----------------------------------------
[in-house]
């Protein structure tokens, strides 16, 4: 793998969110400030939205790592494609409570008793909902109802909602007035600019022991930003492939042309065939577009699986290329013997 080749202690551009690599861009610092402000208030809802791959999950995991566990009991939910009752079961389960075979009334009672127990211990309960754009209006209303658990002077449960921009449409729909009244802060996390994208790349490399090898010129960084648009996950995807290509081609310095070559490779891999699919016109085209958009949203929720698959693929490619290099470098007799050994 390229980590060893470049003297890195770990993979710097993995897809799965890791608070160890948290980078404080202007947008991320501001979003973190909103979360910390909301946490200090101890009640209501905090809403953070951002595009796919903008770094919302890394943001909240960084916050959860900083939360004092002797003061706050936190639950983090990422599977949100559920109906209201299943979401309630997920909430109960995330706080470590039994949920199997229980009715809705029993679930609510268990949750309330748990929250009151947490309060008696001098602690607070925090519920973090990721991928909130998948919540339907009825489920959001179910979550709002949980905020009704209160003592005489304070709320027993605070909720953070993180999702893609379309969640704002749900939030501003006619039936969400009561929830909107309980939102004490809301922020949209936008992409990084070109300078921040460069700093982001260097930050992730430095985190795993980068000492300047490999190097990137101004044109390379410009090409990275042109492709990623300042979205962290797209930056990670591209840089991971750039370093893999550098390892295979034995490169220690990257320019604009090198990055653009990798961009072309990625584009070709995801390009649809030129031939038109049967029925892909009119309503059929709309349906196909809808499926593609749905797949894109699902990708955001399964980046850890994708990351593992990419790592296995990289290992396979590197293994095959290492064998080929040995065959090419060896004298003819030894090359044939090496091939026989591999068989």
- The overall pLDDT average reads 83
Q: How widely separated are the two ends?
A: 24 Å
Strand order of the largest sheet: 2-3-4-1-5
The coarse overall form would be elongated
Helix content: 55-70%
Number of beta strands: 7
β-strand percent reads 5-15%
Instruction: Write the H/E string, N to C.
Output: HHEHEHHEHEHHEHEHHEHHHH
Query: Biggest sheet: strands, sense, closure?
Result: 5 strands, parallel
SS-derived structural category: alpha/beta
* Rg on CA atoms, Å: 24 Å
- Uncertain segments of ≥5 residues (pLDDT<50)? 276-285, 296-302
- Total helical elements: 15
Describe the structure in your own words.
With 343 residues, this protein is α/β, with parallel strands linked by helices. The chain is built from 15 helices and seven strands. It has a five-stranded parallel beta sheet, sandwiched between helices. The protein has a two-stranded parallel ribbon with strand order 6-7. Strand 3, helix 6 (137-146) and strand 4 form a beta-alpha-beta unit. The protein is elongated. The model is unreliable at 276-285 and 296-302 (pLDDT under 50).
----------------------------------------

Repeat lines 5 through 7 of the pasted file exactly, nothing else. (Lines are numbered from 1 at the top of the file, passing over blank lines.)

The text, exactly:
A: 24 Å
Strand order of the largest sheet: 2-3-4-1-5
The coarse overall form would be elongated